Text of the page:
Edmonton veteran suffering from effects of mefloquine fighting the federal government

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He was given a new case manager, but not until after April 1, 2019, when policy around veteran compensation changed. Scott said he is currently losing out on more than 50 per cent of funds for which he was previously eligible.

“There’s supposed to be no disparity between a veteran who had benefits and services under pensions for life … They said that it would be just as good or better,” said Scott.

Scott said he has made various appeals to tribunals and the Veteran Affairs ombudsman. He has also launched a negligence case against the department.

“I’m not the only one. This could become a class action in the future. As of right now, it is not. It’s just me personally doing this, but I know that there are other veterans that are looking to seek resolution,” said Scott.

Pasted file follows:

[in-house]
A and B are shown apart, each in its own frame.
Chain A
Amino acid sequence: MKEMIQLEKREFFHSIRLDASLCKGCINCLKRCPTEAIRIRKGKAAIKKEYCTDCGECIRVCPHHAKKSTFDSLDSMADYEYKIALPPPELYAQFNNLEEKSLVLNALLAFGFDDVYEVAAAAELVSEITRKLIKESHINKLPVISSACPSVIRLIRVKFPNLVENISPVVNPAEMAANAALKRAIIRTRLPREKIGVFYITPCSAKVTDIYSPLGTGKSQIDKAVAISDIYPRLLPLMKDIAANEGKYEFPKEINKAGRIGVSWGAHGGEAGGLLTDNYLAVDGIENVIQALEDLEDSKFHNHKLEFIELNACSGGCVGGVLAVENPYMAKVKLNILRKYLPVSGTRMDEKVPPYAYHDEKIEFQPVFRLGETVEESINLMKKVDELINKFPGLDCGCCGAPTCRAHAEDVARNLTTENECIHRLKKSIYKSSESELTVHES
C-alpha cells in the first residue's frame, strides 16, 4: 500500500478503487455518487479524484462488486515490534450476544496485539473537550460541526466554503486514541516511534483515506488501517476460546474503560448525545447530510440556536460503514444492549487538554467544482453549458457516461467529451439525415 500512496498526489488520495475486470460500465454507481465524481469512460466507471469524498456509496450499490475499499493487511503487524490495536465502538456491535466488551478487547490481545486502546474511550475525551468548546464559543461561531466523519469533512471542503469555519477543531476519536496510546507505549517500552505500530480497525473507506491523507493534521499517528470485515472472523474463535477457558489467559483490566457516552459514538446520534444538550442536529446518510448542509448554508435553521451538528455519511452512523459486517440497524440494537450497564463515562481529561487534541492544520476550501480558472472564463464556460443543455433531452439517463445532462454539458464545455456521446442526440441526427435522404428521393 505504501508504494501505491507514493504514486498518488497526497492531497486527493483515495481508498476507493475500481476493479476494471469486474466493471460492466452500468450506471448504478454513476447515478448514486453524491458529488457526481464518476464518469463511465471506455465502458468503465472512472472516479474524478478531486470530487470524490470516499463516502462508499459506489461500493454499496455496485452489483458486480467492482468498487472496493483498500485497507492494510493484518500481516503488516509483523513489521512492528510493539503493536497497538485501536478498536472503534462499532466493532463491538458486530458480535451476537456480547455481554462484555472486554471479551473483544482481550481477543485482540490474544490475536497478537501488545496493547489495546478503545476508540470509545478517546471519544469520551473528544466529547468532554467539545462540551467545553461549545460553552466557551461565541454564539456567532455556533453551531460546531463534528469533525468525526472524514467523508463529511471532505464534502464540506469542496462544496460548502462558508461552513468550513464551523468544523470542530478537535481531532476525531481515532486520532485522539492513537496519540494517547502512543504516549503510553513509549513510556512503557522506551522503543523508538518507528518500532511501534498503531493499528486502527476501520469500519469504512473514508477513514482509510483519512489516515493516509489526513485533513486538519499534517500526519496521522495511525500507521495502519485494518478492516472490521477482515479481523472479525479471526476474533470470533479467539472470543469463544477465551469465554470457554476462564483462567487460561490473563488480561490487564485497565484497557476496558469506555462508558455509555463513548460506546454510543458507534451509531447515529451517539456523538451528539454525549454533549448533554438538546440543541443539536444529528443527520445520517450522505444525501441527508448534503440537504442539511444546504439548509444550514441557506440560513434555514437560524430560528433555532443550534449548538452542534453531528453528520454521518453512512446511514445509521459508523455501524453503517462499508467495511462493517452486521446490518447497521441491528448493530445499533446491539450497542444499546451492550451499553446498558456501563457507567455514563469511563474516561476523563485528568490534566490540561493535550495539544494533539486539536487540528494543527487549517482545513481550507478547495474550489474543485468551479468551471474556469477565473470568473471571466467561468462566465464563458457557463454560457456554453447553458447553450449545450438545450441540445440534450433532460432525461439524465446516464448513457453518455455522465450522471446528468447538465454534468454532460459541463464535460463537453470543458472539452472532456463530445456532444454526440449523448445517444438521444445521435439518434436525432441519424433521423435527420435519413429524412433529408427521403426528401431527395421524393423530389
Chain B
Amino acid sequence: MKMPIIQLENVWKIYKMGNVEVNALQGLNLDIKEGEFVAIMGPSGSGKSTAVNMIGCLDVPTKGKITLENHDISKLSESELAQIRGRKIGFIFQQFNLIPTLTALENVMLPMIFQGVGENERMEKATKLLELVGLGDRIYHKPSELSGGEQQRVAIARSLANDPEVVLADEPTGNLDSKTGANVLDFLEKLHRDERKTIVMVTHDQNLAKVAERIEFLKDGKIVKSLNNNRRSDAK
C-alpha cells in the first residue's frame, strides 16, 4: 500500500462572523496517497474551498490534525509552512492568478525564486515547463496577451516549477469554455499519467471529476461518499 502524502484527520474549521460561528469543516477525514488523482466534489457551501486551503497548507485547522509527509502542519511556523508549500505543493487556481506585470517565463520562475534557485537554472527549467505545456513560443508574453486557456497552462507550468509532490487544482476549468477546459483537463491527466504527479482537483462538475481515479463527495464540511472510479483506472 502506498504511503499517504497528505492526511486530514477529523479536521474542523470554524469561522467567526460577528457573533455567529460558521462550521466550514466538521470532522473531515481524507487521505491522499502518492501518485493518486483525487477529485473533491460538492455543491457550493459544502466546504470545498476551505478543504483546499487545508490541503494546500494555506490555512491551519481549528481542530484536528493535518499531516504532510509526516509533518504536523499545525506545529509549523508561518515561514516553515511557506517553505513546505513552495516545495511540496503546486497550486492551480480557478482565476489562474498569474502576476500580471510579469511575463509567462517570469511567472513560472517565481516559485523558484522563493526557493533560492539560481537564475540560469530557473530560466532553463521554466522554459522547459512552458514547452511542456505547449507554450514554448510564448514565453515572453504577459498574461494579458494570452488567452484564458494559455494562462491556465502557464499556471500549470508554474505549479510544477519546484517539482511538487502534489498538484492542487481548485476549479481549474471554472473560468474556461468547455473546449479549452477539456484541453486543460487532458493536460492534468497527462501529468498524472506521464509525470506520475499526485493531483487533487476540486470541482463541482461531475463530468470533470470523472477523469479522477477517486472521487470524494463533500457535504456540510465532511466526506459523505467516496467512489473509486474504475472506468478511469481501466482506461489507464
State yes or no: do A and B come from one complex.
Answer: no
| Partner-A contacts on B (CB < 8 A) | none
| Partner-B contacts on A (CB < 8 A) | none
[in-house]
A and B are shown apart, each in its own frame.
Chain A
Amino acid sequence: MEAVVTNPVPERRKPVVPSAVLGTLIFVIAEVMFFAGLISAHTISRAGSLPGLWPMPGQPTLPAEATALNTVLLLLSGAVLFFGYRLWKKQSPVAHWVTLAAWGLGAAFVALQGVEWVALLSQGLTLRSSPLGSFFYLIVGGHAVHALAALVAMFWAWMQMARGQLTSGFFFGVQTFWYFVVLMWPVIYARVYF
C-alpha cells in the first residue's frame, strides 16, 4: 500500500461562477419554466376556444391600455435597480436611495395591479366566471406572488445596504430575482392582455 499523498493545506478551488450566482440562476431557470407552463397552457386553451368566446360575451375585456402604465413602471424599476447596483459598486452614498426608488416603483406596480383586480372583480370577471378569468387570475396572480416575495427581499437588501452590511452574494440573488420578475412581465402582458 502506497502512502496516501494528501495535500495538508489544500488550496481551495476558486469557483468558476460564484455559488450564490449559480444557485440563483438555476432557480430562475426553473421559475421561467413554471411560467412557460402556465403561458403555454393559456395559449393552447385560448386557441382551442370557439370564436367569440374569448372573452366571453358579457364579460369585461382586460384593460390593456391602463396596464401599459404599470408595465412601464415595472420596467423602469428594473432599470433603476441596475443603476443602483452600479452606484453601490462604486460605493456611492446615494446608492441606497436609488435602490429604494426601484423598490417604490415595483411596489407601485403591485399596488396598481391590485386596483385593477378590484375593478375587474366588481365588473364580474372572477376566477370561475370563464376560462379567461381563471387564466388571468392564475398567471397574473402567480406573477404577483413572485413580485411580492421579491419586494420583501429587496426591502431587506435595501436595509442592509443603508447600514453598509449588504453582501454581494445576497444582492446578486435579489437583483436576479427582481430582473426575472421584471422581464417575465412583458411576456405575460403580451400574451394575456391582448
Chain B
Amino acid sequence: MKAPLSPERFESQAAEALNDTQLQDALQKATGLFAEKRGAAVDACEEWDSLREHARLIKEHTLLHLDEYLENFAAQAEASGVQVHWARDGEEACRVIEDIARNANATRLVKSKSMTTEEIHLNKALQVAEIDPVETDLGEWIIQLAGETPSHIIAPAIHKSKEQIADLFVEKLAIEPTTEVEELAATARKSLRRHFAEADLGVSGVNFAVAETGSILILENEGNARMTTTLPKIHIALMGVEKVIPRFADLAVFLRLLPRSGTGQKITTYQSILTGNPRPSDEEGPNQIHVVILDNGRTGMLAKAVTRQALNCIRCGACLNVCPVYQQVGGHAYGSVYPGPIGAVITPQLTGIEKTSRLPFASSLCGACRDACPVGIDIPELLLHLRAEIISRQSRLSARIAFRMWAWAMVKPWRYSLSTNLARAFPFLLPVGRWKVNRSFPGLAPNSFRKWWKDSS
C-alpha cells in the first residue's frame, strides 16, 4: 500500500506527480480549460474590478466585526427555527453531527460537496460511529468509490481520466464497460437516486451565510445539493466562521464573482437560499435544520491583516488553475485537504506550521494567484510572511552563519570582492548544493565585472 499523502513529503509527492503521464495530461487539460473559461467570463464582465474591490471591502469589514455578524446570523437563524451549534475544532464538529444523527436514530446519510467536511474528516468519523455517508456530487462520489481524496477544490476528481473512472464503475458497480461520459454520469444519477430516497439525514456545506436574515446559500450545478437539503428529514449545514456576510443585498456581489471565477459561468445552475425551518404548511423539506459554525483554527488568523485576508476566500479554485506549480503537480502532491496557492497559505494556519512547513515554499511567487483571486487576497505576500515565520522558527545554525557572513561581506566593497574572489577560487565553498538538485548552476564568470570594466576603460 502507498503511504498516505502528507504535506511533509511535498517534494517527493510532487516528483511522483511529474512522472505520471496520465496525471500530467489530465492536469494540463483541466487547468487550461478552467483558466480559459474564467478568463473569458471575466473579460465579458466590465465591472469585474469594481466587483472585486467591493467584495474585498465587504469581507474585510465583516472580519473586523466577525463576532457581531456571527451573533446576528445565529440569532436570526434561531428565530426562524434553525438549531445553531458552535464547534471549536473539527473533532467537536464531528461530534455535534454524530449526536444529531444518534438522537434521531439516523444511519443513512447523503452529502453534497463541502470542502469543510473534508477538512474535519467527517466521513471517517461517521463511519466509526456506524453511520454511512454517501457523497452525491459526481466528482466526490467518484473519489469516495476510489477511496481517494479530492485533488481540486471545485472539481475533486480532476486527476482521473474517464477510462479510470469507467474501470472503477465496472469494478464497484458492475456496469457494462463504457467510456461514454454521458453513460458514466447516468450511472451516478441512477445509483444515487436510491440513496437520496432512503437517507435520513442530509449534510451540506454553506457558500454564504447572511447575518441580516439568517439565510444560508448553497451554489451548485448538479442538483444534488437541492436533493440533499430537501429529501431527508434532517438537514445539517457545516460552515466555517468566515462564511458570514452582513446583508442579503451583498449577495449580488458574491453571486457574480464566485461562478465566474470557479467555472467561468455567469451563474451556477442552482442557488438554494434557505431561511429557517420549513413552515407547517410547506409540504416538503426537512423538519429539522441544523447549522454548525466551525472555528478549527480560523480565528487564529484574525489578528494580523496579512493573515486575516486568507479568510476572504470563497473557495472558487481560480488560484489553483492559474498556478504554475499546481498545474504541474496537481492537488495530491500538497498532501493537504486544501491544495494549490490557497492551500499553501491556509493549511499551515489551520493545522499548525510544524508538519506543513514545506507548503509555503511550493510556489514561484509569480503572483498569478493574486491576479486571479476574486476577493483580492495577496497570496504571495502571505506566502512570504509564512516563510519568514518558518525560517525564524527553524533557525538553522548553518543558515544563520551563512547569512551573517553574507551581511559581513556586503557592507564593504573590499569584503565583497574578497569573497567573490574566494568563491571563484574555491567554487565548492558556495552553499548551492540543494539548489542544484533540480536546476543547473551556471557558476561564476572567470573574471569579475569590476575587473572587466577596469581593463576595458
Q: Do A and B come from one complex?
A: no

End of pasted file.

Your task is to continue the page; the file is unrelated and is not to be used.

Veterans Affairs said they could not comment on individual cases due to privacy. Josh Bueckert, a spokesman for the department, said veterans can have their funding decisions reviewed by the department. He said they can also appeal to the veterans appeal board and to the office of the ombudsman.

Edmonton-Strathcona MP Heather McPherson called the handling of Scott’s file shameful in a news release on Monday.

“This isn’t the way the government should treat people who have put their lives on the line for us,” said McPherson. “Our veterans fought for us. Their government shouldn’t be fighting them in the courts.”

McPherson wrote to Minister of Veterans Affairs Lawrence MacAuley asking for a ministerial inquiry. She said she received no response.

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